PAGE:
With news that Sarah Palin's authorized biopic will premiere in Iowa next month, the conventional wisdom that she's not running for president in 2012 has been overturned, or so say The New York Times's Jim Rutenberg and Jeff Zeleny. They've delivered the sort of report that's catnip for the political press collecting the recent developments in Palin World and conclude they add up to signs she is "is seriously weighing a Republican presidential bid." Though Palin hasn't formed an exploratory committee or made some the other moves typical of someone planning a campaign, she has swapped out her foreign policy adviser to telling Fox News' Greta van Susteren that she had the "fire in the belly." Here's a breakdown of the case for her entering the presidential race.
Run, Sarah, Run!
- The Movie After last fall's midterm elections, Palin contacted conservative director Stephen K. Bannon to make a movie highlighting her accomplishments as Alaska governor. Palin screened the movie last week.
- Arizona Home Palin bought a house in Scottsdale, Arizona for $1.7 million through a shell company to keep her identity secret. The new home would make a far more conventient place to HQ a presidential campaign.
- Public Appearances Palin will begin showing up at more public events "as early as this weekend."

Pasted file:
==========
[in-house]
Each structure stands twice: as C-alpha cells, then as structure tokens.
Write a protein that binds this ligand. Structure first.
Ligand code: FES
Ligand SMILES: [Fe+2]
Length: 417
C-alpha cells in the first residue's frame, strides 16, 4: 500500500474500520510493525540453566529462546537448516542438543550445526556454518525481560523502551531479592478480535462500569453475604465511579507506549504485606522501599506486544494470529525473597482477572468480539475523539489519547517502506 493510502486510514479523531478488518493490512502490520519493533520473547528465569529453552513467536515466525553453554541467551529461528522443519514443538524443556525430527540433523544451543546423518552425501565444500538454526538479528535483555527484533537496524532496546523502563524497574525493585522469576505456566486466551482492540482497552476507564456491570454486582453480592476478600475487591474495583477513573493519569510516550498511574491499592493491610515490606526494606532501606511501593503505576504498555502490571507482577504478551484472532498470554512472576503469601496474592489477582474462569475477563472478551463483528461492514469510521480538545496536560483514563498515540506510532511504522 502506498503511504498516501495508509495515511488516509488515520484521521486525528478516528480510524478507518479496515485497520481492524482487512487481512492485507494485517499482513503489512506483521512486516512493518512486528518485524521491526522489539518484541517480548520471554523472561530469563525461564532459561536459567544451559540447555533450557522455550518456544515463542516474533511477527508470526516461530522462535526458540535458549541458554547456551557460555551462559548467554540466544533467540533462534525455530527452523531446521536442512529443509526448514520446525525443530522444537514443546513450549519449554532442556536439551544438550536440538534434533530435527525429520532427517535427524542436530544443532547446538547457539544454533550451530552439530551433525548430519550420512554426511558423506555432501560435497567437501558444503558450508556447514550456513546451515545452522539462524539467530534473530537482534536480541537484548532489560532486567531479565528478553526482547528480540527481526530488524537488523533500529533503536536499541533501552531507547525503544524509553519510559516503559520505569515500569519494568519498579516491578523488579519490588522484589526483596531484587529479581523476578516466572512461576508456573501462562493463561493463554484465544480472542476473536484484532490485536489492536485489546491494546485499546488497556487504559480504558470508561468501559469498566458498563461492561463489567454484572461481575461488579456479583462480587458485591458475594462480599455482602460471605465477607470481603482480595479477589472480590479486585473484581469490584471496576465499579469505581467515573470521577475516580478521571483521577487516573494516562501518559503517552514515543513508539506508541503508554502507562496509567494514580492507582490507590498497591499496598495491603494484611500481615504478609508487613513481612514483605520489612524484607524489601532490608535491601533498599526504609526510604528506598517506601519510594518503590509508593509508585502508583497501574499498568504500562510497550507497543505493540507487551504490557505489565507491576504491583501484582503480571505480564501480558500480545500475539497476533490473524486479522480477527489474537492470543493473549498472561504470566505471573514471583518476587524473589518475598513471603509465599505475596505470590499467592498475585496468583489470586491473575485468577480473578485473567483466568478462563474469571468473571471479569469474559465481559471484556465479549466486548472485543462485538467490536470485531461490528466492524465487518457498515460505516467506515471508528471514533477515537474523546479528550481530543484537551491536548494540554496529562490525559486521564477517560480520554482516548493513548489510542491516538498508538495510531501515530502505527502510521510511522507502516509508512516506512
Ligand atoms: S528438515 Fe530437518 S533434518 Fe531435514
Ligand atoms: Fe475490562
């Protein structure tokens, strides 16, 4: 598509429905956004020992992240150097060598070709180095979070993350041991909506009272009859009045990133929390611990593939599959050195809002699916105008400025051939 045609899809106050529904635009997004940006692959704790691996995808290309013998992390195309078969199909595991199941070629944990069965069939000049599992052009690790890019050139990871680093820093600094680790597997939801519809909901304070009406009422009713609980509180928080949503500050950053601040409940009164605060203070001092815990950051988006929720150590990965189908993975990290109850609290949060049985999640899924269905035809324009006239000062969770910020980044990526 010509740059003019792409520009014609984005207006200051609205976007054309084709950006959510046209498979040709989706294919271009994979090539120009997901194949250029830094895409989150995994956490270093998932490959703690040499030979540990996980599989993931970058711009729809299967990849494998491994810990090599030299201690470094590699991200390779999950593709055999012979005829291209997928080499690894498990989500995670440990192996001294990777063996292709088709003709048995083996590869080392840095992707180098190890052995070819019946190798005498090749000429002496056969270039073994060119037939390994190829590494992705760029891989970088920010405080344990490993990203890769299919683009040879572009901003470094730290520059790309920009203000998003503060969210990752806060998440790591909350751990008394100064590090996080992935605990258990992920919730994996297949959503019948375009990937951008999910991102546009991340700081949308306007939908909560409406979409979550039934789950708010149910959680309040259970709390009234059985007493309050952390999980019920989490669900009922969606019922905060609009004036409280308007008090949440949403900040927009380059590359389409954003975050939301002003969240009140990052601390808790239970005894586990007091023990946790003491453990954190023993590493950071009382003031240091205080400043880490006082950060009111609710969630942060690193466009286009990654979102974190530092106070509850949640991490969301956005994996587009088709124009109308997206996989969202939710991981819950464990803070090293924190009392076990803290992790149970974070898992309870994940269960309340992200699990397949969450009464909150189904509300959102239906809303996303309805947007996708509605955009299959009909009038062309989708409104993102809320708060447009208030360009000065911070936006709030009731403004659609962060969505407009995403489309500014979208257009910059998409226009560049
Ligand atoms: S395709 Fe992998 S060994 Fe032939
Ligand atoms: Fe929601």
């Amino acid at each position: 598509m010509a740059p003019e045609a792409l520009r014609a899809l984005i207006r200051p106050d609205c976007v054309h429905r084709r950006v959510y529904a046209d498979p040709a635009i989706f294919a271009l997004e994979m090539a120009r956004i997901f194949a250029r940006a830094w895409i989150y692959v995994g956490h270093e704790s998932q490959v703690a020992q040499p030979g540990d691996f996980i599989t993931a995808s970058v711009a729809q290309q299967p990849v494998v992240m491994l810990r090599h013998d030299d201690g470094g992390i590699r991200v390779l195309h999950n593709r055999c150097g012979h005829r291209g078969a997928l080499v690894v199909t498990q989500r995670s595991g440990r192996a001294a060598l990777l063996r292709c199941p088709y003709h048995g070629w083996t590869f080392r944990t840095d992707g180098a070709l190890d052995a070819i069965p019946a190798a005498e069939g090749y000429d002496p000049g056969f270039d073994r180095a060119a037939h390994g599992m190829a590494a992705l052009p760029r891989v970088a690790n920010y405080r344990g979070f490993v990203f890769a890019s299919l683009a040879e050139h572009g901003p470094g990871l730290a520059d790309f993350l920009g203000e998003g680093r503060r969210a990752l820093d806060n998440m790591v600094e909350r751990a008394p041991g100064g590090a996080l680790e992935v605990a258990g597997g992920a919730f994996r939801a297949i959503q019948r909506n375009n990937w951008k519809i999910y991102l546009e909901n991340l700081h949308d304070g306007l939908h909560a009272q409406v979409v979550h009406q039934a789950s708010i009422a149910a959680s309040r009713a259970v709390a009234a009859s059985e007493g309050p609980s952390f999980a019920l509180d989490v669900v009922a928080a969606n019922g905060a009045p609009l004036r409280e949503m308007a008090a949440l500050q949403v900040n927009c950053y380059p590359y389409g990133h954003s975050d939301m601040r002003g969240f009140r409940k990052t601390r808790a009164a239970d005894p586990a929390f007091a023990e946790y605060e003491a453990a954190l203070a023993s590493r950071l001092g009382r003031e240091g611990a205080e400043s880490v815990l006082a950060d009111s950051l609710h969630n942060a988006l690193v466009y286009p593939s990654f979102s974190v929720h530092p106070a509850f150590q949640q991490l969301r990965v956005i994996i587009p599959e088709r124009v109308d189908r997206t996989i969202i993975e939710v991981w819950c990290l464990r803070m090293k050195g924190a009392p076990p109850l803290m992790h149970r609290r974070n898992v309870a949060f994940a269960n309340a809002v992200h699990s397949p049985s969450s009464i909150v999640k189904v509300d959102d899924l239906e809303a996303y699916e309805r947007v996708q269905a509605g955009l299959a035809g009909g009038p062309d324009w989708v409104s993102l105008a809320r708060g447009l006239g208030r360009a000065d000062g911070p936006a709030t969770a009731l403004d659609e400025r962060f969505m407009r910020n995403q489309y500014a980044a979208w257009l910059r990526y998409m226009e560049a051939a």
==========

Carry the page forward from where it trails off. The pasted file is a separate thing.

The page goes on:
- New Staff Palin has hired two people to manage her schedule. This comes after hiring a former adviser to Bob Dole as chief of staff and dismissing two neoconservative advisers, Randy Scheunemann and Michael Goldfarb. The duo were replaced them with an adviser, Peter Schweizer, who is more skeptical of the American intervention in Libya.
- Cultivating Supporters California lawyer Peter Singleton has been contacting Iowan Tea Party activists and Republicans to build support for a Palin candidacy, though he says he's acting alone.
Private Citizen Palin
- Fox News Palin still has that sweet gig on the cable network, which spiked the contracts of other 2012 contenders once it became clear they were running.
- Family She said she's concerned about putting her family through another campaign.
Several bloggers are now convinced Palin's running. Among them is Andrew Sullivan, who says "I, for one, feel nothing but a chill go up my spine." Palin biographer and nosy neighbor Joe McGinniss says, "Her people are out there, they are numerous, they are angry: and there is not another credible Republican candidate in the race." The National Review's Katrina Trinko says it looks like Palin is at least trying to rehab her image. But one person, at least, is unimpressed: Michele Bachmann. Bachmann, who's considered a sort of dark roast version of Palin, says of her own potential presidential candidacy, "My decision won't be dependent on the governor's decision or on anyone else's decision"